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The Real Failures of Mexico’s War on Drugs

Posted on the 25 July 2011 by Periscope @periscopepost
The real failures of Mexico’s war on drugs

A victim of the Mexican drug war. Photo credit: Federacion asaciaciones cannabicas

On a clear summer morning, relatives of the victims from drug related violence gathered around a long rectangular table set inside one of the chambers of the historic Castillo de Chapultepec in the heart of Mexico’s capital city, Mexico DF.

At the head of the table was President Felipe Calderon flanked by first lady, Margarita Zavala, and top cabinet officials. The purpose of the town hall was to allow family members directly affected by the violence to criticize the way the fight against drug cartels was conceived and is being fought. In the last five years, 40,000 people have died in the drug-related violence, more than all the casualties – civil and military – in the Iraq and Afghanistan wars combined.

Some tried to contain their tears as they talked about the impunity enjoyed by criminals, but most couldn’t hide their frustration as they chronicled the unsolved kidnappings, extortions and murders that have the 15th largest economy in the world snarled in a major security crisis.

“The problem, Mr. President, is that you dived into this war with rotten institutions,” said activist-poet Javier Sicilia, whose son was kidnapped and brutally killed four months ago.

To understand what is happening in Mexico, first you have to try and navigate the dysfunctional waters of its justice system, polluted by opacity, corruption and incompetence. A system, for example, that just recently allowed the son of a crooked politician, who accumulated extraordinary wealth through years of “public service”, to walk out of jail after federal police found dozens of weapons inside his home, at least two of those directly tied to murders.

If you commit a crime in Mexico and you’re not detained within the next five minutes, there’s a big chance you’ll never set a foot in jail.

If you commit a crime in Mexico and you’re not detained within the next five minutes, there’s a big chance you’ll never set a foot in jail. According to figures published by the Associated Press, only about 15 percent of drug suspects detained between December 2006 and September 2009 have been convicted or acquitted. And that only applies to those who get caught. Moreover, according to Mexican think tank CIDE, 93 percent of those arrested in Mexico never come face to face with a judge and almost half of the prisoners in the country’s jails were tortured at some point.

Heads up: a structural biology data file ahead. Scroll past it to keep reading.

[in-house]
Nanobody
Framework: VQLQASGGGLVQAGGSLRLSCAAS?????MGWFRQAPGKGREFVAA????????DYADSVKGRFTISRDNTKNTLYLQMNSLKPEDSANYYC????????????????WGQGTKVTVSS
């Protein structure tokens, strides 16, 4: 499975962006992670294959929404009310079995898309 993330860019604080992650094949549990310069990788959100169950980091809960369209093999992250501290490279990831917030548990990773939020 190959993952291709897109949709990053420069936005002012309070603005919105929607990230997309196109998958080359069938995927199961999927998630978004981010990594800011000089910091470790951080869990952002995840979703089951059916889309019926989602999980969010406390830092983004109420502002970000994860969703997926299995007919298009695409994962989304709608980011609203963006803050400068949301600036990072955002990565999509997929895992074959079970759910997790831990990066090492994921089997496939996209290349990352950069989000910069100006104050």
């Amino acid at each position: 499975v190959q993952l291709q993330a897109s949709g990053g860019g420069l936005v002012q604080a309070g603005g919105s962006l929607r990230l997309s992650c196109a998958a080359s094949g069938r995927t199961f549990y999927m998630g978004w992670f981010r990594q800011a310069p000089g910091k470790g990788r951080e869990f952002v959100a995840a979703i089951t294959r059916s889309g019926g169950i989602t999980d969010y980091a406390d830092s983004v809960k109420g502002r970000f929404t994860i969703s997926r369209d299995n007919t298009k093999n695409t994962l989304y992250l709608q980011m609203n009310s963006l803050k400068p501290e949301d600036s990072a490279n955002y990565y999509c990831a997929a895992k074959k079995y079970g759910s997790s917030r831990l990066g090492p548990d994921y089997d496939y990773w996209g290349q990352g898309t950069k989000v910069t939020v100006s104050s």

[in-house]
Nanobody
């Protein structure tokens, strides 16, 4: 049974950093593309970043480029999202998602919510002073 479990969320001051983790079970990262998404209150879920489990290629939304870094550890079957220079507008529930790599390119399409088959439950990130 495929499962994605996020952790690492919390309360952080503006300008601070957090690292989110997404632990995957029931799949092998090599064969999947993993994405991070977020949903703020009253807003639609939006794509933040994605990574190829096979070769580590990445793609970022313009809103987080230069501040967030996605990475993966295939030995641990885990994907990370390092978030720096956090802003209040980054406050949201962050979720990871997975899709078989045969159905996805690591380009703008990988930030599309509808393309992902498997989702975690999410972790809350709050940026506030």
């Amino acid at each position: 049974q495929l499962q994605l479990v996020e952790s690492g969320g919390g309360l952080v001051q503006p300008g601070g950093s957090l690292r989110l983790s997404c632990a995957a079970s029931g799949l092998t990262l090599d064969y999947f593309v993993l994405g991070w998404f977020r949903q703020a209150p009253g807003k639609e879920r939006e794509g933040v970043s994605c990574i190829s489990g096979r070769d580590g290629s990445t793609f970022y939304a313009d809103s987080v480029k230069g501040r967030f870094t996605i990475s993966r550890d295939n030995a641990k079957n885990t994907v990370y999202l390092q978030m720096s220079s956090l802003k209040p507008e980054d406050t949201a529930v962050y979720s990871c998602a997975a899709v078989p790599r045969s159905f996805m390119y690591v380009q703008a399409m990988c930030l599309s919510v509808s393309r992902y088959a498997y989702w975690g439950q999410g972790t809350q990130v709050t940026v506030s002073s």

The real problem for Mexico is not the armory in Phoenix or Dallas selling AK47’s like Big Macs, it’s the inability of the state to deal with this level of corruption. It’s a weak police force under the control of state and municipal governments, underpaid, under-trained and ill-equipped to confront some of the deadliest criminal organizations in the planet. It’s federal prosecutors who allow guilty men out on the street and place the innocent behind bars.

The real failures of Mexico’s war on drugs

Canadian Prime Minister Stephen Harper, Mexican President Felipe Calderon, and US President Barack Obama, a North American family photo. Photo credit: Adrian Wyld

Despite what President Calderon says every time he sets foot in the US, the cause of the problem is located at the structure, not at the conjuncture. It’s not the guns that flow effortlessly across the border thanks to corruption on both sides of the line or the U.S.’s laxity on possession of automatic weapons, nor is it the demand for illicit substances that has remained at a historic high. The problem is the weakness of Mexico’s institutions.

At the same time, this is coupled with the fundamental problem of prohibition itself. It’s not working.

This year marks the 50th anniversary of the cornerstone of the international drug control system, the Single Convention on Narcotic Drugs of 1961. The mechanism was desigend to limit the  possession, use, trade, manufacture and production of illegal drugs and to address drug trafficking through international cooperation to deter and discourage drug traffickers. Quite simply, it has failed.

In Mexico, more than anywhere else, it has become apparent that the evils of a failed suppression far outweighed those of consumption. With every murder, beheading or public hanging, its becoming ever harder to ignore the consequences of  another failed collective policy. Even the Global Commission on Drug Policy conceded that the war on drugs has failed and cannot be won. A public health issue like drug consumption can’t  and won’t be solved with bullets. After 50 years of failed drug policy, I can think of no better time than now to acknowledge that failure and hope that Washington should prove more receptive when discussing legalization.

Mexico’s failed fight against the drug cartels is the bitter fruit of years of flawed policy, corrupted institutions, and almost willful blindness to those facts. And it’s evident that without some major fundamental changes, more people will die.

At the beginning of his government, Calderon’s communications team designed an ad campaign to highlight the administration’s “success” in the war against organized crime. The fanciful slogan “Working so the drugs don’t reach your children” closes each commercial. We know that’s never going to happen – so may I suggest a more realistic slogan? ”Working so your kids don’t want the drugs that sooner or later are going to reach them.”

More on Mexico’s failed drug war

  • Singing through the bullets: Kindergarten teacher leads children in song through firefight
  • Mexico’s drug war is a failure
  • Mexico’s deadly drug war rages on

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